The California pomegranate deal is underway, with good quality and promotional volumes expected over the next few months.

"The El Nino effect should benefit harvests in California considerably this year. We'll perhaps have somewhat lower total volumes but a larger percentage of the harvest should be in larger sizes," said Tom Tjerandsen, manager at the Sonoma, Calif.-based Pomegranate Council.

Quality looks good so far.

"Mother Nature has been behaving admirably so we're getting the deep red color that retailers prize and high sugar content that consumers like, so right now, everything leads us to believe we'll have a pretty successful harvest," Tjerandsen said.

As of the end of August, Tjerandsen said pricing was high.

"I spoke to Slayman Marketing, who is underway now and they seemed quite optimistic. I think everyone is sort of dazzled by the high prices," he said.

The market is ready for California fruit to hit the shelves after the Southern Hemisphere finished early.

"This year we had a gap and those early growers are focusing on filling domestic pipelines right now," Tjerandsen said.

Atomic Torosian, a partner in Fresno, Calif.-based Crown Jewels Marketing LLC, said the company usually packs approximately 400,000 unites of pomegranates per, and that this year looks to be mostly normal.

"The weather has been pretty good for the pomegranate growing season. We're anticipating good sized fruit with good color and internal quality," Torosian said.

He expected the earliest varieties to begin around Labor Day, with a company goal to finish shipping before Christmas.

Levon Ganajian, director of retail relations, Fresno, Calif.-based Trinity Fruit Sales said smiths, the earliest variety, started around August 25, followed by urbanagranate. Early Foothills were set to begin September 5 and early wonderfuls on September 10.

Aco, Emek and Shani-Yonai, proprietary varieties to Trinity Fruit, were expected to start Labor Day weekend. Wonderfuls won't begin until October.

He said that although the wonderful variety is a big seller, Trinity has seen the most increases in the early varieties.

"We're even seeing people want bins in September, so those early volumes have been a big part of meeting that demand," Ganajian said.

Promotions should be available from September through November, with product available through Christmas.

"We expect a brisk start to the pomegranate deal around the first or second week of November," said David Anthony, salesman for Firebaugh, Calif.-based Ruby Fresh. Ruby Fresh markets the wonderful variety.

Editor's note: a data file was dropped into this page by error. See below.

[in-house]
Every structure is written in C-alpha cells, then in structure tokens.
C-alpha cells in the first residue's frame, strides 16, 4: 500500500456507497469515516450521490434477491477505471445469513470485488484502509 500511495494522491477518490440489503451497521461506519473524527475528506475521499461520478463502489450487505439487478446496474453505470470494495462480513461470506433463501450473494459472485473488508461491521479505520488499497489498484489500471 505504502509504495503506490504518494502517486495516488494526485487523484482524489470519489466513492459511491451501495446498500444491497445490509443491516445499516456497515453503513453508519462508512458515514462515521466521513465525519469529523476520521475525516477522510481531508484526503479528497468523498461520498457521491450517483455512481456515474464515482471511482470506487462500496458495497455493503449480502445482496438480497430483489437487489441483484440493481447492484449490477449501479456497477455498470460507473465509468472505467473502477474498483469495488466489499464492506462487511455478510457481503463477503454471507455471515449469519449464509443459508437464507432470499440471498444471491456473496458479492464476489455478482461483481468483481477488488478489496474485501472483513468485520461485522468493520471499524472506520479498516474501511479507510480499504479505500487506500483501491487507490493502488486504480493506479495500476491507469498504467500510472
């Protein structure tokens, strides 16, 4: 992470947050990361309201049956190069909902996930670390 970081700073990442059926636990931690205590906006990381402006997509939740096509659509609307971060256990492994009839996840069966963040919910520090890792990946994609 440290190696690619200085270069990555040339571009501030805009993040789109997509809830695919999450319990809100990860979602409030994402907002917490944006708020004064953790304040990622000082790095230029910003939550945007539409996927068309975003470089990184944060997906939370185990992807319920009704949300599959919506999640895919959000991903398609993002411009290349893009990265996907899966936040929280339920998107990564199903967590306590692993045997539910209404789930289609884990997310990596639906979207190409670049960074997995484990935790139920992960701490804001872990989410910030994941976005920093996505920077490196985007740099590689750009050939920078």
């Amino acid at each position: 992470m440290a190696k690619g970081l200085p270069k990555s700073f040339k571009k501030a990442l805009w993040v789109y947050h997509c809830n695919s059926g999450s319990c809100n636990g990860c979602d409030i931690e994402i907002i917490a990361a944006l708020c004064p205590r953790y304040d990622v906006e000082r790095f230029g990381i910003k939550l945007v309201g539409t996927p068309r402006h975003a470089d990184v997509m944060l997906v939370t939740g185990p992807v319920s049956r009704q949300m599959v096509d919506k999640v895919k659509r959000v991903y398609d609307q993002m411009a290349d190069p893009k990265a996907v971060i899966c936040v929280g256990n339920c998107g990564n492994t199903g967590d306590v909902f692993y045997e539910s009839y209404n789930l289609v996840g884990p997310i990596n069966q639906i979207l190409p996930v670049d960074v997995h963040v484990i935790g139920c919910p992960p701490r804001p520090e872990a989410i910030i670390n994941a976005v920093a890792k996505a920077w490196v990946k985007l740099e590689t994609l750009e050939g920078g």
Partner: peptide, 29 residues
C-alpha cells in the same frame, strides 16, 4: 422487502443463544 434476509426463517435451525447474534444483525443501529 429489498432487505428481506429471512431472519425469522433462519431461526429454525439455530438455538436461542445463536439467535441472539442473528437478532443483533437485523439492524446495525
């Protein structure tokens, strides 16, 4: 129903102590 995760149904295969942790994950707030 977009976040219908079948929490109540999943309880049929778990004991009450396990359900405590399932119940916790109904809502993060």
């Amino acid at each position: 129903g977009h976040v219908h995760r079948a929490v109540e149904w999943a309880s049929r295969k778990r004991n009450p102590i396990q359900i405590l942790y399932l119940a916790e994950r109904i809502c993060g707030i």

The industry will likely be down in volume this year as more acres have been pulled out due to water issues.

"They've been pulling trees out on the west side, so we might be down 5% or so, but there will still be ample supplies of fruit, and our company's crop will actually be larger due to new plants coming into production," Ganajian said.

Mike Forrest, president of Reedley, Calif.-based Youngstown Distributors Inc., said some of the early fruit may be smaller, but that there is a lot of variability between blocks.

"We've seen some blocks that are small, but we do have some with nice size as well," Forrest said.

Jeff Simonian, sales manager for Fowler, Calif.-based Simonian Fruit Co., agreed the overall sizing may be smaller than originally expected.

"Some guys have said last year the crop was small and this year we should see more normal sizes, but we think this year may be on the smaller size as well," he said.

Simonian expects early season varieties to peak on 30s and 36s, with the later wonderful variety in the 24 or 30 range.

"That's typical to what we usually see," Simonian said.

Pomegranates contributed 9.1% of the total fruit sale dollars for the 52-week period ending July 30, for a total of $48.6 million in sales, according to data from Nielson Perishables Group.

Despite category growth as a whole, that percentage is actually down almost 16% from the previous year. Volumes were also down by 13.6%.

 
Comments